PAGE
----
Senior aides to the late Baroness Thatcher, long-serving MPs and Conservative Party stalwarts in the Prime Minister’s Oxfordshire heartland no doubt achieved their recognition in this year’s list on merit. The fact that West Ham vice-chairwoman and Apprentice star Karren Brady was awarded a cbe for services to entrepreneurship while she is reportedly being wooed by the Tories to stand as an mp in 2015, or run for mayor of London the following year, may only be a coincidence.
The omission of popular, well-known figures such as Andy Murray and David Beckham from the list of knighthoods has also raised eyebrows, given their achievements.
It has placed the honours system back in the firing line just a year after it seemed to be emerging as the all-embracing celebration of British achievements. Popular stars like six-time Olympic gold medal winner Chris Hoy was knighted along with Tour de France champion Bradley Wiggins, plus other stars of the London 2012 Olympic Games. And David Weir was among the Paralympians honoured, with a cbe.
The stuffy old retiring civil servants and politicians may still have been there, but they were firmly thrust back into the background.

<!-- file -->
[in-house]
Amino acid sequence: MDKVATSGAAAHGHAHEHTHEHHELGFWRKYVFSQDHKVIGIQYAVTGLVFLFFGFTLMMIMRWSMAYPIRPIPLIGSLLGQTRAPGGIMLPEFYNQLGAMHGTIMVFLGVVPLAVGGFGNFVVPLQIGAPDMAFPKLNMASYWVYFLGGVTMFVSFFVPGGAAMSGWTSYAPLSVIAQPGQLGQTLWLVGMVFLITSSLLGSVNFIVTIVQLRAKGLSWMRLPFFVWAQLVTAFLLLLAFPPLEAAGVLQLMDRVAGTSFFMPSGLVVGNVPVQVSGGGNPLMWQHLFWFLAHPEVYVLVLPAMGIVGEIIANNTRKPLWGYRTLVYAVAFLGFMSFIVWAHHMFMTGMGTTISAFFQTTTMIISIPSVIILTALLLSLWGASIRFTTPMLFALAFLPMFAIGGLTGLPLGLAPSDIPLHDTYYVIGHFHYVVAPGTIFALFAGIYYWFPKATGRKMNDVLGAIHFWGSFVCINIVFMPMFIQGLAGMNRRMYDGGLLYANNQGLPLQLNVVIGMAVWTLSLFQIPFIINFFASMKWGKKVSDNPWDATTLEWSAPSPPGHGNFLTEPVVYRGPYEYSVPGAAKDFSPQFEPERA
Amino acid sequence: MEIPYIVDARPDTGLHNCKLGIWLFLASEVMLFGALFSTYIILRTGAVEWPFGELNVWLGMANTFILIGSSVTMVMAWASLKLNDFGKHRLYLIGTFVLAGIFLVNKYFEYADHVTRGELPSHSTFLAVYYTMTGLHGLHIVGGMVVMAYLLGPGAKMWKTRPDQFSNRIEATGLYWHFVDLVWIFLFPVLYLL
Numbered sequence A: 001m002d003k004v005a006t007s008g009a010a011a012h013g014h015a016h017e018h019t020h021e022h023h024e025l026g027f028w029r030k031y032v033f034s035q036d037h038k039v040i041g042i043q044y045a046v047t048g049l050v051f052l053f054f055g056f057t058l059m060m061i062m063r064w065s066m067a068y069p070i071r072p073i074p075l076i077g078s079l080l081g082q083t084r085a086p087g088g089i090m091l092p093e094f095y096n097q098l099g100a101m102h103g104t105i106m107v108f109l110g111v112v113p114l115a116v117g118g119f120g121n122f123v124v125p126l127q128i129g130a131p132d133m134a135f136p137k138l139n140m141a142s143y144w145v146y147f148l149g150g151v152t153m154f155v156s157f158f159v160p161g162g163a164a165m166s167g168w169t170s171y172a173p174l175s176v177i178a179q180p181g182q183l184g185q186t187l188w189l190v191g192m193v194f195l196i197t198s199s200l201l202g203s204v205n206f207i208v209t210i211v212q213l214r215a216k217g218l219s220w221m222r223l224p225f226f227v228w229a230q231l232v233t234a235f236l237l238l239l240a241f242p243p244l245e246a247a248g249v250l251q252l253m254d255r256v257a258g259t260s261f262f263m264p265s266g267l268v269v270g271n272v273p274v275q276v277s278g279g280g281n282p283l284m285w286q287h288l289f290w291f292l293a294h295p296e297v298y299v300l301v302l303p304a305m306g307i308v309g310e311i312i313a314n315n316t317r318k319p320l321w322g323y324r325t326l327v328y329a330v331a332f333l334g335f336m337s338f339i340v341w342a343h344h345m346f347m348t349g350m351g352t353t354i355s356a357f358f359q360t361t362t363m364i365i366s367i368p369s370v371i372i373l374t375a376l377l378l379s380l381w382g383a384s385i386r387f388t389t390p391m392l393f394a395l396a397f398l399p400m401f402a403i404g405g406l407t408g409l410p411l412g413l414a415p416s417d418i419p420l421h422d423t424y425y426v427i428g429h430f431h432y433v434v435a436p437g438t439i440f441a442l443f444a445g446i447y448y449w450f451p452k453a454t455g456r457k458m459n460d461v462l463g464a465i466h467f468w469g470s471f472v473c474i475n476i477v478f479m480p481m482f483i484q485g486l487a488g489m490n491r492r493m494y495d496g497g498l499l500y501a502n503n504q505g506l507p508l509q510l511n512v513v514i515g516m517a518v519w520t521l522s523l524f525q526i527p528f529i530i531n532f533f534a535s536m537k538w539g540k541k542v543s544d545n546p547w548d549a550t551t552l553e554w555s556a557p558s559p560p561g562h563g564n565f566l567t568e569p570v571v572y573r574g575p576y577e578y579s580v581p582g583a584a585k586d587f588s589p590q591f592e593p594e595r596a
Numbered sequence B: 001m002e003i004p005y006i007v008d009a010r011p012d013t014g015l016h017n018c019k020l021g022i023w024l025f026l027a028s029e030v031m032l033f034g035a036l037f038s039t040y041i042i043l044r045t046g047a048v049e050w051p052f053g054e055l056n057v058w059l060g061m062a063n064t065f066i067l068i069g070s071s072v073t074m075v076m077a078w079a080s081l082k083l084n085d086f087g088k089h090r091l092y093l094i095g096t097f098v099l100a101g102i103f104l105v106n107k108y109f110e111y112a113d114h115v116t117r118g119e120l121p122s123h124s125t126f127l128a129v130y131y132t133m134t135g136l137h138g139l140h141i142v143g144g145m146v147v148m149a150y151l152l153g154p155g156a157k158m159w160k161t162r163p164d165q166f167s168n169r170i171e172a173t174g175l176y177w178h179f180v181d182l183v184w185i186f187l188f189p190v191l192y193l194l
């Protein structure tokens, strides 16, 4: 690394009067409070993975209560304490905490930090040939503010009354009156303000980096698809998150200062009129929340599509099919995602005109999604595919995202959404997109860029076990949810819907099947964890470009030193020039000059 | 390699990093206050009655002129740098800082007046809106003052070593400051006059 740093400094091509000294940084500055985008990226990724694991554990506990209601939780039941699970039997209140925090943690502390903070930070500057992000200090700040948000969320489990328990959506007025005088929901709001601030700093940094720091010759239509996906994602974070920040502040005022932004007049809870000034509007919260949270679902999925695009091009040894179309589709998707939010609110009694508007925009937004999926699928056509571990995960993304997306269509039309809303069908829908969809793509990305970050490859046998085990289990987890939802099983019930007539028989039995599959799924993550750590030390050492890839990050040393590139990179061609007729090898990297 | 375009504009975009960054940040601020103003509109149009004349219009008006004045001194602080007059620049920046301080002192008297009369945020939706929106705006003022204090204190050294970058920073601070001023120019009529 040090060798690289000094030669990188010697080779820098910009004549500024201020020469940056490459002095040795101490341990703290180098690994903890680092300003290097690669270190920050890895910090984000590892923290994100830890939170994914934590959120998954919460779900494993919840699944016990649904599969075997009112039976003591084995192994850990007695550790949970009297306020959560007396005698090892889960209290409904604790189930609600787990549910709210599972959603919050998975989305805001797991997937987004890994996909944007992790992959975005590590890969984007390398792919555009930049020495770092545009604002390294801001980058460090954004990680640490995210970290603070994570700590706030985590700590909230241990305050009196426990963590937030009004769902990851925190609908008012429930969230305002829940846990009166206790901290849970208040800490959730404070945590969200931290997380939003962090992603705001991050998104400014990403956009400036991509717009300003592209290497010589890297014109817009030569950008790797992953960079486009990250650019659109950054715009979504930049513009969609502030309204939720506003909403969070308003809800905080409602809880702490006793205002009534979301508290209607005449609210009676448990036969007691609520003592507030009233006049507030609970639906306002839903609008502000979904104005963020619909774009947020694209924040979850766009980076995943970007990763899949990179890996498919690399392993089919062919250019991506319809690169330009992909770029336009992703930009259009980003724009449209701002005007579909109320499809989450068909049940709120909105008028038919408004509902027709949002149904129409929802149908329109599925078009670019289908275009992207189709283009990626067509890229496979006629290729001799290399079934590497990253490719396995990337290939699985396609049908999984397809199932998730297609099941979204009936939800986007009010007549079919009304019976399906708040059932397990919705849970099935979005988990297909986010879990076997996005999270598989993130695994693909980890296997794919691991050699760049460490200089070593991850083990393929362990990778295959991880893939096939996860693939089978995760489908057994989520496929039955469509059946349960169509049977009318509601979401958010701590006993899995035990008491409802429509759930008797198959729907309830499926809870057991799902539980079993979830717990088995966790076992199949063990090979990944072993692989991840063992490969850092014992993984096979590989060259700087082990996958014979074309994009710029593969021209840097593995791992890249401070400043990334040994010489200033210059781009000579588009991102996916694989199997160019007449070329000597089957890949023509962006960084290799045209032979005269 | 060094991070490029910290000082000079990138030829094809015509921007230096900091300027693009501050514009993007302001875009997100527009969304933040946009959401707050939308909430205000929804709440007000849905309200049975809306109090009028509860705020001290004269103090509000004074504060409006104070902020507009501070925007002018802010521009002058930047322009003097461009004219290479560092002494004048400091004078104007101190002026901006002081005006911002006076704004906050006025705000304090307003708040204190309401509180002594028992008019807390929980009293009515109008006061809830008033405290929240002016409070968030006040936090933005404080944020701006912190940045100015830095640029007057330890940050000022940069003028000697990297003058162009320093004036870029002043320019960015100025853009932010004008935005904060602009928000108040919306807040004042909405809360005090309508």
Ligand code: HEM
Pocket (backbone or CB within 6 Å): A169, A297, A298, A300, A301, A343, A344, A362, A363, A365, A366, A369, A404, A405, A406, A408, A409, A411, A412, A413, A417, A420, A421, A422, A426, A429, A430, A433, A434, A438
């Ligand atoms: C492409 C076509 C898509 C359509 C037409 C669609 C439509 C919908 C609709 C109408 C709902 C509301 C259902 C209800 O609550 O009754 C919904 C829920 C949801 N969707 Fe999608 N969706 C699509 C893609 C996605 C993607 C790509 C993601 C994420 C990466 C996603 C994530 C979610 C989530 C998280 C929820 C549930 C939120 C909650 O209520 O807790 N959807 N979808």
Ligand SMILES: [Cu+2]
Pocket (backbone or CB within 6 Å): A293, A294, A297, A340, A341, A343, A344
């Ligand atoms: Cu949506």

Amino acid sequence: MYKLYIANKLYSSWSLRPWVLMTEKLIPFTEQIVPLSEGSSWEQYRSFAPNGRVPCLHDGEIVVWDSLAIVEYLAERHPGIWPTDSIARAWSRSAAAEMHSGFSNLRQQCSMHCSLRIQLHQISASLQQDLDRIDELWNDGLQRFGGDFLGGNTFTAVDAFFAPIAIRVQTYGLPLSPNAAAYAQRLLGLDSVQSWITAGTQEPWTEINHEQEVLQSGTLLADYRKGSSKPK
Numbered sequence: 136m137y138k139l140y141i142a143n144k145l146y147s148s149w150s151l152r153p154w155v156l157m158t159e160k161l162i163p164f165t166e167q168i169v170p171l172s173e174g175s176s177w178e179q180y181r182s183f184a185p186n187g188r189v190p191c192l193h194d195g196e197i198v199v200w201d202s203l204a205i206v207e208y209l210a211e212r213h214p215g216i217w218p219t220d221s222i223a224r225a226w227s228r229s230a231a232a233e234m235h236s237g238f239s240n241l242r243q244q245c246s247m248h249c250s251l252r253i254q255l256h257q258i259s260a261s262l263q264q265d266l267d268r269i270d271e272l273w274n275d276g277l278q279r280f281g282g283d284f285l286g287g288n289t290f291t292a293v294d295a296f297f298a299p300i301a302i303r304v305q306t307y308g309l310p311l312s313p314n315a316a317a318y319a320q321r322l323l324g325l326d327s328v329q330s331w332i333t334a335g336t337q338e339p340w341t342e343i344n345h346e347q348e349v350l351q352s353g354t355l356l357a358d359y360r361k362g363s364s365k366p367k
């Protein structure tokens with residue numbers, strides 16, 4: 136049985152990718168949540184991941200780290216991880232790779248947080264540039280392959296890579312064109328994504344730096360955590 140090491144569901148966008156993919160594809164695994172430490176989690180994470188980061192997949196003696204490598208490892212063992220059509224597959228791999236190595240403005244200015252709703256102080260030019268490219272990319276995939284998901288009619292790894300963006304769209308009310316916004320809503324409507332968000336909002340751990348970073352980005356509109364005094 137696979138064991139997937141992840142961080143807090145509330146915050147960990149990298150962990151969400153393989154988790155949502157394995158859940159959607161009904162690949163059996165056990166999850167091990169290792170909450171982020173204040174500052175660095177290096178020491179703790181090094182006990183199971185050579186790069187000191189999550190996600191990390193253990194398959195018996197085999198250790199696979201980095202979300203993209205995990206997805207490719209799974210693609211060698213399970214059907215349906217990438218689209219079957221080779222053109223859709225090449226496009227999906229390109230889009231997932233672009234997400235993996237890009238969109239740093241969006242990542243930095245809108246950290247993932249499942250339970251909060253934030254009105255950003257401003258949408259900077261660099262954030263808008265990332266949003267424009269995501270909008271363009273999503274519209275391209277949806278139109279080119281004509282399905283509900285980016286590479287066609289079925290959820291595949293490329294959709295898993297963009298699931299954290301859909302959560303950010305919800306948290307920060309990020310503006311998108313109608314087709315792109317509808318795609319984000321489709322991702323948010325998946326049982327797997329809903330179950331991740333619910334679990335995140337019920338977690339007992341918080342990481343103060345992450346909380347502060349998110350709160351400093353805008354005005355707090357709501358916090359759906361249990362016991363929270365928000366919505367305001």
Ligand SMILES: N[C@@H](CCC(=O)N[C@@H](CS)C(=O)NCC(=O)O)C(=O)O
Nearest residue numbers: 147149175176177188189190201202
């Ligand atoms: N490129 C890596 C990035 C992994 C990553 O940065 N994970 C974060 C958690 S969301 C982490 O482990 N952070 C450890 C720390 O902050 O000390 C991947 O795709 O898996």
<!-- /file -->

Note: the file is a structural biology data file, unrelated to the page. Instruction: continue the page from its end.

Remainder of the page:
This development followed a trend in recent years which has seen serving football managers such as Alex Ferguson and the late Bobby Robson knighted, and rock stars turned into Sir Mick Jagger and Sir Paul McCartney.
We seemd to be witnessing a rebirth of the system which had threatened to fall into disrepute when a lengthy police inquiry was staged into Tony Blair’s Labour government amid allegations of “cash for honours” claims that party donors were effectively able to purchase knighthoods. This was strenuously denied by Labour and the police investigation came to nothing, but the damage was done to the public perception of how the system works.
And that is why the latest allegations of cronyism are likely to stick in the throat of David Cameron: he cannot be seen to be upholding a system of rewards for the elite, given his own privileged background and that of many of his Cabinet colleagues.
In fairness, such rows are nothing new and go back to Harold’s Wilson’s infamous Lavender List of 1976. The outgoing Labour prime minister’s list caused an outcry because many of the beneficiaries were controversial industrialists with no Labour connections – including the late financier Sir James Goldsmith.
Surely it couldn’t just be the case that we all enjoy the annual rammy over who did or didn’t get a gong, as much as the chance to celebrate the best of British?